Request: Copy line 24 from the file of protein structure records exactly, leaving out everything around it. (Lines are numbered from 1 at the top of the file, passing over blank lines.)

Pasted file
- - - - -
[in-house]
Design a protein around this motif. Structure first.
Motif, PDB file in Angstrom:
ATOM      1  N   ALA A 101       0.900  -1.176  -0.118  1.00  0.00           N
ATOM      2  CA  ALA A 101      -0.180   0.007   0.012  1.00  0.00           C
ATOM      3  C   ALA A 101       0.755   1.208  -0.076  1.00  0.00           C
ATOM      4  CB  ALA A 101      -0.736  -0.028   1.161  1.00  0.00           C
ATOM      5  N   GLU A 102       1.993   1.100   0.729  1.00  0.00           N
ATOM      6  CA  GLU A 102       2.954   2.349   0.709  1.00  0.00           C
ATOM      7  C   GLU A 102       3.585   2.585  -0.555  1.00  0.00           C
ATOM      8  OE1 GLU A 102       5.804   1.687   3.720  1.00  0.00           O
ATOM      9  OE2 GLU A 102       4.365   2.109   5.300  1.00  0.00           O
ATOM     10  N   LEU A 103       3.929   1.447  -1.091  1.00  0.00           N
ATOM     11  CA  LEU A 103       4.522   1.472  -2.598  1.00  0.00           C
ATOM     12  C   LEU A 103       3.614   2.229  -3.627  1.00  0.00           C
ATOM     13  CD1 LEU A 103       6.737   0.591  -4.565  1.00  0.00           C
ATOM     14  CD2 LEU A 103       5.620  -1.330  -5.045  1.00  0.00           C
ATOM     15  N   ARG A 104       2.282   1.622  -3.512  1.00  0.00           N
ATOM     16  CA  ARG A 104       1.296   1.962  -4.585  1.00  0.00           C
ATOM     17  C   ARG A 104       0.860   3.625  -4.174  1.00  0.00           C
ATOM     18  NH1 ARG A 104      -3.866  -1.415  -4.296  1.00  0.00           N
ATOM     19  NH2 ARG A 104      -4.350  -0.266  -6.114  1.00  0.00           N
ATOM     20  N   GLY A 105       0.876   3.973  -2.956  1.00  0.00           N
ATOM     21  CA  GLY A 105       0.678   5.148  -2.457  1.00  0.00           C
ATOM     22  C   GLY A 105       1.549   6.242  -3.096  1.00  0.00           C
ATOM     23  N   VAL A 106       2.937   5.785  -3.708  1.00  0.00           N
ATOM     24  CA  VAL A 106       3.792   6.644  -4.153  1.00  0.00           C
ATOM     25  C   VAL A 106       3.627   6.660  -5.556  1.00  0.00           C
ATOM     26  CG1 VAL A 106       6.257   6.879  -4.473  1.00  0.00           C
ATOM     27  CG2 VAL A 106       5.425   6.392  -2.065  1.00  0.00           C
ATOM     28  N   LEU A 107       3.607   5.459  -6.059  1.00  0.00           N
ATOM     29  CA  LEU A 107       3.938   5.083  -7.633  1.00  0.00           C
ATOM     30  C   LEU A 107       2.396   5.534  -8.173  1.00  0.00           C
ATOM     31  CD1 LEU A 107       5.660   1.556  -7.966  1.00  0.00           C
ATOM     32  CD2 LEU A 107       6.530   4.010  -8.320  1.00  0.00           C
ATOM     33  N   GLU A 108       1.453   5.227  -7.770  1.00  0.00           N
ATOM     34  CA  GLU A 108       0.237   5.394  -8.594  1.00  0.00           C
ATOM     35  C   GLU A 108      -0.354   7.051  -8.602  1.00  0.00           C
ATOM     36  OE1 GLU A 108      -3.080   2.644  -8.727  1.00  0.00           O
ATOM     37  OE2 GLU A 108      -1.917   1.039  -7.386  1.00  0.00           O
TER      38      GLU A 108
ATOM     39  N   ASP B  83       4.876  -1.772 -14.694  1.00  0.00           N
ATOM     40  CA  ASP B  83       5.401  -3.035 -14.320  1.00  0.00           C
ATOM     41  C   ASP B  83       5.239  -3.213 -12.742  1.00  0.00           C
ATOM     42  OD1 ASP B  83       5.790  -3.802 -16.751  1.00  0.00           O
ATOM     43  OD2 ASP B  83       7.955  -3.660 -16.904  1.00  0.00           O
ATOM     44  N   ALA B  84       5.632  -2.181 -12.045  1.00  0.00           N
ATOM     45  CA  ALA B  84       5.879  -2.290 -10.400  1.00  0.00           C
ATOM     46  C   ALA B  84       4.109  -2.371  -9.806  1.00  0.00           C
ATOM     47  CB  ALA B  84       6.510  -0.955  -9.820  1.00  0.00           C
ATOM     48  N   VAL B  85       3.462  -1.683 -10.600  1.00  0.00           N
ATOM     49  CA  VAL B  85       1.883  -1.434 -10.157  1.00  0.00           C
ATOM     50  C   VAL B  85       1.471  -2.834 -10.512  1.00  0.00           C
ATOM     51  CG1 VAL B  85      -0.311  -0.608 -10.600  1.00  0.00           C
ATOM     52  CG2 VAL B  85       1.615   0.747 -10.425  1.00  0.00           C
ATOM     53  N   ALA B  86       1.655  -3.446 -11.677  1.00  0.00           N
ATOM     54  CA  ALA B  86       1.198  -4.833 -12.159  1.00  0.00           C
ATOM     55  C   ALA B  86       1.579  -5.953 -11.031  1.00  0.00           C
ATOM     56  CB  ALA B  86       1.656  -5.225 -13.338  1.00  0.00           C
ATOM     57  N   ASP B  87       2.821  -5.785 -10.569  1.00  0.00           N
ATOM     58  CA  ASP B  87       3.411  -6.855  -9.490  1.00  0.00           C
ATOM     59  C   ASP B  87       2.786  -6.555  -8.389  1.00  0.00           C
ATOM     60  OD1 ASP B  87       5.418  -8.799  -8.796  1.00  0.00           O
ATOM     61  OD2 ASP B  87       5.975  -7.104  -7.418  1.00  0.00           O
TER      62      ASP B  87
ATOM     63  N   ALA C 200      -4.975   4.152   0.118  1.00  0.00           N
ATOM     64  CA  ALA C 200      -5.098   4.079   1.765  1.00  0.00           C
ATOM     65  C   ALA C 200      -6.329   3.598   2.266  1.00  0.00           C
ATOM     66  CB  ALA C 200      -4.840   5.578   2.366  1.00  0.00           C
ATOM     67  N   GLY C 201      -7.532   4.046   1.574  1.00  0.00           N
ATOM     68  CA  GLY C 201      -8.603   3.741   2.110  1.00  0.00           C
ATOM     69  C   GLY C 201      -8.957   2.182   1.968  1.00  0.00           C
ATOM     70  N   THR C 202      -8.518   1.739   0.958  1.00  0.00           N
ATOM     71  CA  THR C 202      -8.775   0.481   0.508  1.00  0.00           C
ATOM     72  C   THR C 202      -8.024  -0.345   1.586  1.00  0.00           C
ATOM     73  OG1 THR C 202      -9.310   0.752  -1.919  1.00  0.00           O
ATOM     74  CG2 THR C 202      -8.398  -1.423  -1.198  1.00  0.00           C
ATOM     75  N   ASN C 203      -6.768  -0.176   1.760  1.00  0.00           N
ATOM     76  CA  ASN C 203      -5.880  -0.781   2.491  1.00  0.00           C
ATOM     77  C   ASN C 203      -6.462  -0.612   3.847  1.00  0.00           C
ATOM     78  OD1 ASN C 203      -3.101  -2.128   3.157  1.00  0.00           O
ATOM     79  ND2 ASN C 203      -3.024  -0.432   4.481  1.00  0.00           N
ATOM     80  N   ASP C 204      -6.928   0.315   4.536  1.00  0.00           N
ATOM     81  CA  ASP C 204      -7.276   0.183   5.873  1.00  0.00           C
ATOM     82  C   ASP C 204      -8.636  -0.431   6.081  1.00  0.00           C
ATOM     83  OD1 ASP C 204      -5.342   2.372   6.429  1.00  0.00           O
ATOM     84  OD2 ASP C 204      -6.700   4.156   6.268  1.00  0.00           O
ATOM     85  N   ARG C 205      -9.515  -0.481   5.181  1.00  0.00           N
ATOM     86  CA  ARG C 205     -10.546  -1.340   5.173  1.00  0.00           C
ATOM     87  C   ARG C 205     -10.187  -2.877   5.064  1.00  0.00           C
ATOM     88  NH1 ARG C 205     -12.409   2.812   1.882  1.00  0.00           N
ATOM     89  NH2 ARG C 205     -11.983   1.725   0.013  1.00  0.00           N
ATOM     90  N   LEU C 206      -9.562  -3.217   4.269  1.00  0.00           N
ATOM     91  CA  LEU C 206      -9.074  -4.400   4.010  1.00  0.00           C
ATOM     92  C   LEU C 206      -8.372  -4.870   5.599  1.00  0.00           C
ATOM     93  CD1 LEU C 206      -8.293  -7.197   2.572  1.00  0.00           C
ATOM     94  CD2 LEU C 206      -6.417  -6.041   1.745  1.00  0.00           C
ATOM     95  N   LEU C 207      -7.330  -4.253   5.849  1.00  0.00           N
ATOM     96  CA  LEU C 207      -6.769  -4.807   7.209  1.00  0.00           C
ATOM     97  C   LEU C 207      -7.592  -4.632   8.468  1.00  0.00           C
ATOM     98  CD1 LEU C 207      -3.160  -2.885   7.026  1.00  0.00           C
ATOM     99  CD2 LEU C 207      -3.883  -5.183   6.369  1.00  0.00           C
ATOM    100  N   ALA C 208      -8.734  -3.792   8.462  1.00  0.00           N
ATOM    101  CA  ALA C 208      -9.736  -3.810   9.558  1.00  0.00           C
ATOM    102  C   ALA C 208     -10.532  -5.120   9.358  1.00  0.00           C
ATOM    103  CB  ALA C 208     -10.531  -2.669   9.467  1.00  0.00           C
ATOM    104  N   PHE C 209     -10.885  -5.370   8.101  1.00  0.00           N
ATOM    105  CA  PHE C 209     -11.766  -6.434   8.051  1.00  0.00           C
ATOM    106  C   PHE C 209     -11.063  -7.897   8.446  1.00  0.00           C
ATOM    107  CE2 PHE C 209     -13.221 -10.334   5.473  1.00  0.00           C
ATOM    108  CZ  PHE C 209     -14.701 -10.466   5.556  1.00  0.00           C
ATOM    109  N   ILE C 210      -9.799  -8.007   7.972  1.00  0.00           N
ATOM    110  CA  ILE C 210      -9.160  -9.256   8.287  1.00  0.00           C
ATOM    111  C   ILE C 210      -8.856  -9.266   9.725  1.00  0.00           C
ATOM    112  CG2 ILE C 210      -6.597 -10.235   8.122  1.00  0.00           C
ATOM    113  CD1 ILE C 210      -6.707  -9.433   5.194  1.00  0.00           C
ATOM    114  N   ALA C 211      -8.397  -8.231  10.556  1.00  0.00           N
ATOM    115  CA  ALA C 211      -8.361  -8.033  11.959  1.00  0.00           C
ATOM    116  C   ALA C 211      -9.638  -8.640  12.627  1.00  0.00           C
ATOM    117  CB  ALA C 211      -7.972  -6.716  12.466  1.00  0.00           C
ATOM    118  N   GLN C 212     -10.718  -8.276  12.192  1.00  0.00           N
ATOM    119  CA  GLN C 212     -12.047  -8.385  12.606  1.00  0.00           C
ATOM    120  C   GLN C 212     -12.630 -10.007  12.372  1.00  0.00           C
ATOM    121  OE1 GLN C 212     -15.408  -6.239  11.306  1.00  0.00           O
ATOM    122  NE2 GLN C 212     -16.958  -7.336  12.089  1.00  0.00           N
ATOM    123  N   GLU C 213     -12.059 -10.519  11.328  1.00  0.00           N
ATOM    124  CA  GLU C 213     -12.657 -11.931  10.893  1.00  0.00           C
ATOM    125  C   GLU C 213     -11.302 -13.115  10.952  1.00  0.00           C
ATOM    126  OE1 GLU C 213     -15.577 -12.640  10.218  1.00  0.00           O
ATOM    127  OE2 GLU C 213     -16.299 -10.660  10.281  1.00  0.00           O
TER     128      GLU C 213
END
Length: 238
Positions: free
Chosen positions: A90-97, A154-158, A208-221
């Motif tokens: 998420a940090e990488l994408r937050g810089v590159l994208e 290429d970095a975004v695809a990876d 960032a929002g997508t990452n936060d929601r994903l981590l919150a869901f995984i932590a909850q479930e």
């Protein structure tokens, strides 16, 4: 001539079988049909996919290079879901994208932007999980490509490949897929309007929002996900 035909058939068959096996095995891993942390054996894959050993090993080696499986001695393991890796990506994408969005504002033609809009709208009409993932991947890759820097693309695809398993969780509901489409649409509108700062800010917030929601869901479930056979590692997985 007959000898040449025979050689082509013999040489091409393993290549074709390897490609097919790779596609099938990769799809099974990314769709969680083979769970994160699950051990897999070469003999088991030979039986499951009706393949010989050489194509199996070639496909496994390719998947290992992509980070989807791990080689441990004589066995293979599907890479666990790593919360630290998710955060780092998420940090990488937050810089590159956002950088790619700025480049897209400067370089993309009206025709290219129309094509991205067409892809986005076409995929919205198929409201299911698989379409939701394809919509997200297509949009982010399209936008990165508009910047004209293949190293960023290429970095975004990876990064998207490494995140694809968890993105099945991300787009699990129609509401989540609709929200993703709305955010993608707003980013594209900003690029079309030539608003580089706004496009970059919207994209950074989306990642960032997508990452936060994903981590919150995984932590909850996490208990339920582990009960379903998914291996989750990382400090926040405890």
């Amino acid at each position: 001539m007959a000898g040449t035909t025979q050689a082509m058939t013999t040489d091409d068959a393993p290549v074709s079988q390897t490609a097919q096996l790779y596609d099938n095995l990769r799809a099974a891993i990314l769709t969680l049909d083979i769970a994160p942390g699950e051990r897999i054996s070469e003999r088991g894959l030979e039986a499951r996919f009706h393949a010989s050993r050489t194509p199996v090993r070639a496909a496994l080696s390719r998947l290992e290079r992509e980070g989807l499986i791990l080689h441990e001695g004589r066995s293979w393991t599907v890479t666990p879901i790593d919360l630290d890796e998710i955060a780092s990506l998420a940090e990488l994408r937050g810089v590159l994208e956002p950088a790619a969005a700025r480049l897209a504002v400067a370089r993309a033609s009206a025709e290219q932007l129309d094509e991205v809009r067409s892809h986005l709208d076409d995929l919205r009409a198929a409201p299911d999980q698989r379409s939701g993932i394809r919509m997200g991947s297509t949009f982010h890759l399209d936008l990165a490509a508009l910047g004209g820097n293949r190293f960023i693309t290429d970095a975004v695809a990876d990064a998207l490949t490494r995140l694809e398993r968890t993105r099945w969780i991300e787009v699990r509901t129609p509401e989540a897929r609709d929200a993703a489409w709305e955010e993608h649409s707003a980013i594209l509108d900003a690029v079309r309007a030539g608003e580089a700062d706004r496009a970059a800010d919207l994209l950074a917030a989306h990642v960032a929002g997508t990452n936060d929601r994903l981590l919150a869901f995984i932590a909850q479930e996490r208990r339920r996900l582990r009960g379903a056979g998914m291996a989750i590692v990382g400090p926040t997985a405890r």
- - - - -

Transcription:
ATOM     21  CA  GLY A 105       0.678   5.148  -2.457  1.00  0.00           C